Erica Mede, CVT
and edited by Susan Horton, DVM
Found naturally in the dry open landscapes of Aghanistan,
Pakistan, Iran, Russia, and China this tortoise is also known as
the Steppe tortoise, the Afghanistan tortoise, the Russian Box
Turtle, and the Four-Toed tortoise.
Most Russian tortoises in the pet trade in the
are wild caught and imported.
Despite being wild caught, Russian tortoises seem to remain
active, friendly, and fascinating!
Russian tortoises are a small species of tortoise with a
brownish to black shell that fades to a tan color closer to where
the scutes connect to one another. The
amount of tan varies with individuals.
The plastron of the Russian tortoise is a brownish color
with large dark brown to black blotches. Their
thick, stocky limbs make locomotion across smooth surfaces
interesting but they are adept at moving over uneven terrain.
The shell length is typically between 6 and 10 inches with
females being on the higher end of the range.
Russian tortoises have a skin color of yellow to light
brown. These tortoises
are friendly and curious by nature and learn to enjoy human
The larger the enclosure the better!
Hatchlings and small juveniles can be kept in glass
aquariums but will out grow them.
Aquariums for adults must be large not only to offer the
appropriate space needed for daily exercise and enrichment via
foraging behaviors but also to allow for better air circulation.
A 75-gallon aquarium or larger is suitable for most adults.
Building custom enclosures with Plexi-glass, acrylic, wood,
or screen is possible and allows for custom sizing.
It is suggested to research “tortoise tables” on the
internet for ideas on materials and dimensions.
If wood is used it is recommended to seal the wood against
moisture and allow it to sit for 48 hours prior to introduction of
the animal. Custom
cages should be around 4 feet wide by 4 feet long and 8-12 inches
deep depending on the length of the tortoise.
Rubbermaid storage containers and under the bed storage
boxes are extremely popular options for housing tortoises of all
ages. An adult Russian
tortoise can be comfortably kept in a 50-gallon Rubbermaid
container. The large
open tops allow for better air circulation and the rounded corners
prevent escapes and make for easier cleaning.
These containers are easy to clean and inexpensive to buy
and can be modified to suit the tortoise’s needs.
Air circulation can be improved further by cutting square
or rectangular pieces from the sides and placing screening over
the holes. If this
method is used it is recommended to place the screening on the
outside of the container to prevent sharp edges from potentially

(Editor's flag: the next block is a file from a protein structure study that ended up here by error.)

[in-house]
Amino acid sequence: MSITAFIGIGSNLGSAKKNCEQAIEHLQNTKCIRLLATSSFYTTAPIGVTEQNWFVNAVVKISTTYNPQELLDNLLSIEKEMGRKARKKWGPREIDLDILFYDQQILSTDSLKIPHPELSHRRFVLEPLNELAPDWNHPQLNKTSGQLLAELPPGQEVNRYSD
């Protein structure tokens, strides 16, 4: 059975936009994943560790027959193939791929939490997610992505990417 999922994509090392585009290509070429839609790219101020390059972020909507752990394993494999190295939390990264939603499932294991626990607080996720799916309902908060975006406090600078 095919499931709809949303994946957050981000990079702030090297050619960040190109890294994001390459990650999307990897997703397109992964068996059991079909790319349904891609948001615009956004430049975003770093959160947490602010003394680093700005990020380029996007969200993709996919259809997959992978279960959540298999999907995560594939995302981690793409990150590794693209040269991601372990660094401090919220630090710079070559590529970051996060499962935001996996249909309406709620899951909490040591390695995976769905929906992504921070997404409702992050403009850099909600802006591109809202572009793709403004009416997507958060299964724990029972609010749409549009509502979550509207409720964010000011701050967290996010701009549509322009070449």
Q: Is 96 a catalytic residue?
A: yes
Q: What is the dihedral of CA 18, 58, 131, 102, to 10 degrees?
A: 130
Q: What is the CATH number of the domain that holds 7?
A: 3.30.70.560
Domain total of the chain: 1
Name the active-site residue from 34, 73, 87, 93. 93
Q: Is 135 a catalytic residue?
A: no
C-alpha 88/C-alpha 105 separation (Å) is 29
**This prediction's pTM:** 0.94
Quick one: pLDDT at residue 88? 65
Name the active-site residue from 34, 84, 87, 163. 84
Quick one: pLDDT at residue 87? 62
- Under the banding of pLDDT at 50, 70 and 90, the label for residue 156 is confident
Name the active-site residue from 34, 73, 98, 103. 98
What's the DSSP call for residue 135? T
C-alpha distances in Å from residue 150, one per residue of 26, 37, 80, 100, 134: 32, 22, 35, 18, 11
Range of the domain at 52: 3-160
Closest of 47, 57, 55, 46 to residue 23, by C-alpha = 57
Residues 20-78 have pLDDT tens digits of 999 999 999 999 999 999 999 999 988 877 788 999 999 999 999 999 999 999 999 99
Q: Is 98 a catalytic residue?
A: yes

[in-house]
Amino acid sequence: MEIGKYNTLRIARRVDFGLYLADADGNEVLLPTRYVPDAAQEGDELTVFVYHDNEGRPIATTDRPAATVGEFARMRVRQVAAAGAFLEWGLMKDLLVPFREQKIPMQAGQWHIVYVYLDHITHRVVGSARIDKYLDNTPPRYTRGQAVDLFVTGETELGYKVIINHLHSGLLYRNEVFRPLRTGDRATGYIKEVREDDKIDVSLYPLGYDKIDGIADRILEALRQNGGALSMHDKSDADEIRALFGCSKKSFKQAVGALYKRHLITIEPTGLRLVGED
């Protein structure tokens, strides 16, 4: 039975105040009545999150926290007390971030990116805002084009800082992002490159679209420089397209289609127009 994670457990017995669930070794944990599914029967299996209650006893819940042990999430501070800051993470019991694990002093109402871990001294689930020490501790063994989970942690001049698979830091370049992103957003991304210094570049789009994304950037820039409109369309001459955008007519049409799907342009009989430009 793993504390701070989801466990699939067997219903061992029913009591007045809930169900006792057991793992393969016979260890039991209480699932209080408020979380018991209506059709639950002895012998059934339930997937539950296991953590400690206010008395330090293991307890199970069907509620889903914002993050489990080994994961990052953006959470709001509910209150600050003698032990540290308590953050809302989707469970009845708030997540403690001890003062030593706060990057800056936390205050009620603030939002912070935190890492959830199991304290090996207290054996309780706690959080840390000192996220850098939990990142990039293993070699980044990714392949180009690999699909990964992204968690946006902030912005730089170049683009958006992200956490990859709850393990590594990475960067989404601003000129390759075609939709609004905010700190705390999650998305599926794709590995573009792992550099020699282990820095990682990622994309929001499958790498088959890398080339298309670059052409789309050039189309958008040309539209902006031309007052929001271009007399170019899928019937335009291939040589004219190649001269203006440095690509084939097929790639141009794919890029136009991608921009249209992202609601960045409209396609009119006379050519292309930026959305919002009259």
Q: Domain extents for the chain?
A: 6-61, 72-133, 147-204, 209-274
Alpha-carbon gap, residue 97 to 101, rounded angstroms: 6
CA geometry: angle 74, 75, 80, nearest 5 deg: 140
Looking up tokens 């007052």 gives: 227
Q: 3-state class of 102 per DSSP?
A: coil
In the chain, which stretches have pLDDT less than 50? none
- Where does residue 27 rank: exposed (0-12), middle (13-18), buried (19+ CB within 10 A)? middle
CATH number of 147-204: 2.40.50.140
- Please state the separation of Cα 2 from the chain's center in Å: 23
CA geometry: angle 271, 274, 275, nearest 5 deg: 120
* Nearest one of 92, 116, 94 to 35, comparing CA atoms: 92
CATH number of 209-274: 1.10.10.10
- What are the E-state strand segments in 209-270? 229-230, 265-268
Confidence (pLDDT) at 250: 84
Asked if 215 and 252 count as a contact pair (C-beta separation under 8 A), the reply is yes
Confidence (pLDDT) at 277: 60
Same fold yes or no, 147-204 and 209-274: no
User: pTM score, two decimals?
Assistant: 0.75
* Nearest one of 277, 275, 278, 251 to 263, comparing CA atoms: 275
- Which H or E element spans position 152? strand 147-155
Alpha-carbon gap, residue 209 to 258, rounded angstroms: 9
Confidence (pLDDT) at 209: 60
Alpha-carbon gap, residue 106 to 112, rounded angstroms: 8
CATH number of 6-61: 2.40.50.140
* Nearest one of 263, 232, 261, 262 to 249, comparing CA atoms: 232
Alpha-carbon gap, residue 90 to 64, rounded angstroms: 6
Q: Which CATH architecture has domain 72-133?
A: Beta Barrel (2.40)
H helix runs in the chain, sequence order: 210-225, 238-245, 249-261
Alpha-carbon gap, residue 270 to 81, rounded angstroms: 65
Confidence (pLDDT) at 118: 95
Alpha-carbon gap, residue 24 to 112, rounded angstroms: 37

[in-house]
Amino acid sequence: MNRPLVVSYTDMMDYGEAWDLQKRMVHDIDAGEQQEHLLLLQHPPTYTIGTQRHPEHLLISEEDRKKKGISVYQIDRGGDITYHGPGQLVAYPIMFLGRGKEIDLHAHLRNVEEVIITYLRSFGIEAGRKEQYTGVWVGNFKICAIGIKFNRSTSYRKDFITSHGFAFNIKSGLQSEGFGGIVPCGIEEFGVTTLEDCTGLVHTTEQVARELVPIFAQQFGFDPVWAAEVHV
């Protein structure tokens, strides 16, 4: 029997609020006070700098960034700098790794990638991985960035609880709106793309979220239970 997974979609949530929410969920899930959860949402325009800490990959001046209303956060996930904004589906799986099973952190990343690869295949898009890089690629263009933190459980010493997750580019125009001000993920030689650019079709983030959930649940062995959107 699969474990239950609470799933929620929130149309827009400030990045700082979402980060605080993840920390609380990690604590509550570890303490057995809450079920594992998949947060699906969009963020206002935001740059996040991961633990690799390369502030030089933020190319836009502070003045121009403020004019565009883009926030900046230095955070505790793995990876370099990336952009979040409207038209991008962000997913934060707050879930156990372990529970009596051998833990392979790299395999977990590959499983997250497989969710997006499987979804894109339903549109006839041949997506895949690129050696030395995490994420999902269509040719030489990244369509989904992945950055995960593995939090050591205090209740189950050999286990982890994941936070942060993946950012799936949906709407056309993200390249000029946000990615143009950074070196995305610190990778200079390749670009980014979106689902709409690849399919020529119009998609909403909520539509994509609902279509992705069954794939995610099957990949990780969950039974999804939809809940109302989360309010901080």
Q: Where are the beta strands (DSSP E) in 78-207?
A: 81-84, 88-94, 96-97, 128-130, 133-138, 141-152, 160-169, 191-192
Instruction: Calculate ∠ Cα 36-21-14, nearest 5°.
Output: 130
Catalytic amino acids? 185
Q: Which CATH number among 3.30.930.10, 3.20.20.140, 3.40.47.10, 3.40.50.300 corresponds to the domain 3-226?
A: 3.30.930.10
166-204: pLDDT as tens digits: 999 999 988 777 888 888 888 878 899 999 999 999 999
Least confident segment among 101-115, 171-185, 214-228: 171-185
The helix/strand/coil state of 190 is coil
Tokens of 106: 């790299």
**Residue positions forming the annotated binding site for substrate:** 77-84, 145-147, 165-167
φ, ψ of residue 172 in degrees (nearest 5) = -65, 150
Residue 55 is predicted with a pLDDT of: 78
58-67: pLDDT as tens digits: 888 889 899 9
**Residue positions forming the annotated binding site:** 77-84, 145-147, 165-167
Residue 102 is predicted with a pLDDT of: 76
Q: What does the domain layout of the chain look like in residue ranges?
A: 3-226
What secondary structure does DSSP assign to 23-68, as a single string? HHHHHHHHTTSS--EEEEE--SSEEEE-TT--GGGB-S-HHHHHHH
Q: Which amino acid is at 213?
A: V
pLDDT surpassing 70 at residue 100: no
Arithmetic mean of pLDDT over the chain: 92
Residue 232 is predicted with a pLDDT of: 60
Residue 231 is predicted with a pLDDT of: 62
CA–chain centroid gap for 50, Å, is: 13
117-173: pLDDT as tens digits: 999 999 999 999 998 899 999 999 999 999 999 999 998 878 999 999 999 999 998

coming into contact with the tortoise.
There should be two hide boxes available for Russian
tortoises. One should
be positioned on the cooler side of the cage as well as the warmer
appreciate hiding places especially for their daily naps.
Hide boxes can be created from cork bark half logs, half
terracotta plant pots, large PVC pipes, and wooden huts.
It is necessary that the tortoise be able to turn itself
around in the hide area.
Rocks, drift wood, and plants (potted or fake) not only
make an enclosure aesthetically pleasing to the owner, it also
offers enrichment and stimulation to the tortoise.
Cage accessories should be changed every week during
cleaning to allow for the tortoise to explore a new surrounding
which not only stimulates their minds and feeds a natural behavior
but also gives them a reason to exercise.
Live plants should be potted to prevent up rooting and
destruction of the plants.
Water dishes should be offered not only for drinking but
for soaking. Russian
tortoises enjoy soaking themselves and relieving themselves in
their water bowls. Daily
cleaning will likely be needed.
The dish should be deep enough for the tortoise to cover up
to their “elbows” when standing.
If a water dish deep enough for soaking cannot be provided
it is recommended to soak the tortoise for 10 minutes in luke warm
water 2-3 times a week.
Russian tortoises thrive when their enclosures are kept
between 70° and 80°
degrees Fahrenheit during the day with a basking site reaching 95
time temperatures can be maintained with basking lights, under
tank heaters, heat cable, and/or heat tape.
It is recommended that under tank heaters, heat cable, and
heat tape be monitored and maintained with a thermostat to prevent
injuries such as burns. It
is strongly recommended that ALL heating implements be attached to
the outside of an enclosure and not inside despite the packaging
claims. Placing heat
cable or heat tape inside an enclosure can severely burn the